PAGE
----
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  1. #1
    Senior Member Abbey's Avatar
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    Default NF's and Particularity

    I feel like NF's are particular about little things. Or it could just be everyone in the world.

    For example: At restaurants I highly prefer sitting with my back to the wall.

    I don't know, maybe this is completely unrelated to MBTI types.

  2. #2
    Senior Member cafe's Avatar
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    I dunno. I am particular about quite a few things and less so about others. FWIW, I've seen questions about seating preferences in personality quizzes and as far as I can tell, folks that prefer to be on the outer edges of rooms are more likely to be introverted. I think maybe it makes it easier to observe unobserved and to escape if the situation becomes overwhelming. That's all I've got atm.
    “There are two novels that can change a bookish fourteen-year old’s life: The Lord of the Rings and Atlas Shrugged. One is a childish fantasy that often engenders a lifelong obsession with its unbelievable heroes, leading to an emotionally stunted, socially crippled adulthood, unable to deal with the real world. The other, of course, involves orcs.”
    ~ John Rogers

  3. #3
    darkened dreams labyrinthine's Avatar
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    I have a few things I'm particular about that have to do with personal space, but when it comes to the habits of living with someone I love, I have a bizarrely huge range of flexibility. That might mostly be for us inferior Se folks.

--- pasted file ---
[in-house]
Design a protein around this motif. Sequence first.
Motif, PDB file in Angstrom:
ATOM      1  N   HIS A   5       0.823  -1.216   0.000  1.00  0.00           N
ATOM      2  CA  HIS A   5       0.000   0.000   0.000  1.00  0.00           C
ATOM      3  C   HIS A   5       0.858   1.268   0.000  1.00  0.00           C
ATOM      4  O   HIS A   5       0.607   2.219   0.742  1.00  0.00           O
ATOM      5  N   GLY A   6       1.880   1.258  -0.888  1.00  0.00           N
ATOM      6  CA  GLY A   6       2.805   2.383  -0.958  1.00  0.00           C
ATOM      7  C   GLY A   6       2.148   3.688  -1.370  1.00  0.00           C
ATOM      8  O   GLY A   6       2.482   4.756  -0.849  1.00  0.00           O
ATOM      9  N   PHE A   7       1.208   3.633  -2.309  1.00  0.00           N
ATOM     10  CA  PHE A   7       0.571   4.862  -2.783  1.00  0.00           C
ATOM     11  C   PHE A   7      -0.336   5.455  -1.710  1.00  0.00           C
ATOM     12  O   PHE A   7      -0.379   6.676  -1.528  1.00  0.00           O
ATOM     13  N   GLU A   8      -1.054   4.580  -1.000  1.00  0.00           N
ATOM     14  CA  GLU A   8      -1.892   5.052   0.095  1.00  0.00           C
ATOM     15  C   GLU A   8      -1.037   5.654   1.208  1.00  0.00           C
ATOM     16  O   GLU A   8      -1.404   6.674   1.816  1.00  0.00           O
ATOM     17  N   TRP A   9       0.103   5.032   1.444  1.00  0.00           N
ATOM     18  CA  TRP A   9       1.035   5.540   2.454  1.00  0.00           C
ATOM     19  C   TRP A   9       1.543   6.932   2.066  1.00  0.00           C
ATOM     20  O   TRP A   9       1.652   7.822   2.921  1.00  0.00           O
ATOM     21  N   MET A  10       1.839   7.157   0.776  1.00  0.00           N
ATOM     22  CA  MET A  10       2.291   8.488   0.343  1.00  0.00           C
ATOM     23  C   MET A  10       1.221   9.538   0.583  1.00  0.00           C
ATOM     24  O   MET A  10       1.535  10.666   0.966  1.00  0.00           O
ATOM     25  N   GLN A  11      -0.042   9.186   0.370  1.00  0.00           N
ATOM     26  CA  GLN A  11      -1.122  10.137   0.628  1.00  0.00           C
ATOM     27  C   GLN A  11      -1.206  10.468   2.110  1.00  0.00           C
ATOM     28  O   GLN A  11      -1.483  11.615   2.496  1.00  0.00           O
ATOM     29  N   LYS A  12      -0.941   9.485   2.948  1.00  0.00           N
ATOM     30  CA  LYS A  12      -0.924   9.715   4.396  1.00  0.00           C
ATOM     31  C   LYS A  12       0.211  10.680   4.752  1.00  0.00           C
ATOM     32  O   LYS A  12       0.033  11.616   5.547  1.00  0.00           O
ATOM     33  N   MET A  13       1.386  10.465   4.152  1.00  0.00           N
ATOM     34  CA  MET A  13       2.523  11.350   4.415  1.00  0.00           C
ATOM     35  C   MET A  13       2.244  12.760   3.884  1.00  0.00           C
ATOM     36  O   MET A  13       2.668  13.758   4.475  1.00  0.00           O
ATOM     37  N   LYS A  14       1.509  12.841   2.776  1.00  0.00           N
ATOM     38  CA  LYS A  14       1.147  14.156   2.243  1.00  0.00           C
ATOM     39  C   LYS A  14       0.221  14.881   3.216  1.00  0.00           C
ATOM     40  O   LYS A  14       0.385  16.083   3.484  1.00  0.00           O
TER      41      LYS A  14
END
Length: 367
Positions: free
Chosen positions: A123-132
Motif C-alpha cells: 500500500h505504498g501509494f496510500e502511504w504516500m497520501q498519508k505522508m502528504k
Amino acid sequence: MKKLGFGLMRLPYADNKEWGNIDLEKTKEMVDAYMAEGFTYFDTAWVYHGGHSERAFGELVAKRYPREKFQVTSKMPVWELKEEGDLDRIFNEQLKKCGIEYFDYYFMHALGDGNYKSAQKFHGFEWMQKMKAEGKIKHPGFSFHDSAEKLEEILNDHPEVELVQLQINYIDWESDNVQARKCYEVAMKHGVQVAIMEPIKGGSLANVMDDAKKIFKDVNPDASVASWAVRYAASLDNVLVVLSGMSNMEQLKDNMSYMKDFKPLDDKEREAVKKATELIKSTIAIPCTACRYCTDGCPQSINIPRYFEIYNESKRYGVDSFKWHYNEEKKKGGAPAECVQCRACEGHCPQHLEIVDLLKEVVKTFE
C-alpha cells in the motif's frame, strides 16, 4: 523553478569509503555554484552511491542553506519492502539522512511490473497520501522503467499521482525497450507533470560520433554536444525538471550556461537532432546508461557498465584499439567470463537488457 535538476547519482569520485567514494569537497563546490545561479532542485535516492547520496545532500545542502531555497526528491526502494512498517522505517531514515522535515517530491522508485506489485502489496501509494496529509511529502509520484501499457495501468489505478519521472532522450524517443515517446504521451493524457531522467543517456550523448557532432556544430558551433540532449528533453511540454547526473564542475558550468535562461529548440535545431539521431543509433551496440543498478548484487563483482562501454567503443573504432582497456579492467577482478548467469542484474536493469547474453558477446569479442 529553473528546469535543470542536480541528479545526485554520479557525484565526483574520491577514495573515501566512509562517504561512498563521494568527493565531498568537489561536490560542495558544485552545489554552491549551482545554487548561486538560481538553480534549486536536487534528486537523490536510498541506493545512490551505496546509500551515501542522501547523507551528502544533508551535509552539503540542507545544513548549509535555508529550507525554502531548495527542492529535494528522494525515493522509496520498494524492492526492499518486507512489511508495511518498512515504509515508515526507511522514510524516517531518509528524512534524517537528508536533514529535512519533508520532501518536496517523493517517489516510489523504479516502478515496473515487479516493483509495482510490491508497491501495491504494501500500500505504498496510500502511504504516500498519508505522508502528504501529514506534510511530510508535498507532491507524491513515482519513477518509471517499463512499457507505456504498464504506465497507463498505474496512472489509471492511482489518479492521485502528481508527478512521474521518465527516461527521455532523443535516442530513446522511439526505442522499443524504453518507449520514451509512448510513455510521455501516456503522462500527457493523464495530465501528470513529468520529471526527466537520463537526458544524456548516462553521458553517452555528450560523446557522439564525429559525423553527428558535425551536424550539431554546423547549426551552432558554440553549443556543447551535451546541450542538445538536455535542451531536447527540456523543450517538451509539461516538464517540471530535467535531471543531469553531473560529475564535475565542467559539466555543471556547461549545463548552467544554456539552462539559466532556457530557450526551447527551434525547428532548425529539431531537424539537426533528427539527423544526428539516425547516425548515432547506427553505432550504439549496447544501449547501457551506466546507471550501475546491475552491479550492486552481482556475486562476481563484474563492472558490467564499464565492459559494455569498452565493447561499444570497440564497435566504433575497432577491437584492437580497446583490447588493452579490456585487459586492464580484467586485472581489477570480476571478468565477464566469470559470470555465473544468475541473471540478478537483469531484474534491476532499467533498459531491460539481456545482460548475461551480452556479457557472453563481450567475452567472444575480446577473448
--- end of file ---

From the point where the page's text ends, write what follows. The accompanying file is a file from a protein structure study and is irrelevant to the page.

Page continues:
Examples of the particulars: I don't like to have people sitting behind me when I eat, especially if I can hear their conversation or chewing, so I almost always ask for a booth. Also, now that I have lived in a remote, country location, the thought of having close neighbors gives me anxiety. One time when setting up for a performance, a group of people were just watching me work, and I felt like I was going to have a melt-down because they were just staring at me when I was moving around, lifting things, etc. I also remember a billboard that disturbed me enough that I always took a different exit.
    Step into my metaphysical room of mirrors.
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    So I guess it means there is trouble until the robins come
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  4. #4
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    Just a pure observation:

    xNFJs tend to be really particular from what I've seen, but I question whether that has to do with the judging function since I haven't seen the behavior from xNFPs, but I have seen it from other types that possess J like ESFJs, however, this could also be due to functional preferences.

    I was on a consulting project with two INFJs. From what I noticed:

    • I am interviewing INFJ for his opinions on problems. He walked into the room and there were several chairs. He placed his jacket on one chair and proceeded to sit down across from me. Right as I am asking him a question, he gets up and fixes his jacket so it would lay flat on the chair.

    • We are mid-meeting with a company and the INFJ lead asks for a break so she can get up and fix the blinds (once of the slats was crooked).

    • Various other little traits like where objects were to be placed, etc. I once decided to mess with the lead INFJ. She would also place her keys to one side of her so when she got up, I would switch her keys to the other side.

    If NFs do in fact have a predilection for particularity, I would say its because most are in tune with their environment, though in a different way than sensors are. I enjoyed the INFJ lead because she would pick up on subtleties of the people around her: it was impossible to hide mood changes, tonal changes, or body language from her. In the same way, I think she looked to her environment to be in its proper place for her to be comfortable.

    Quote Originally Posted by cafe View Post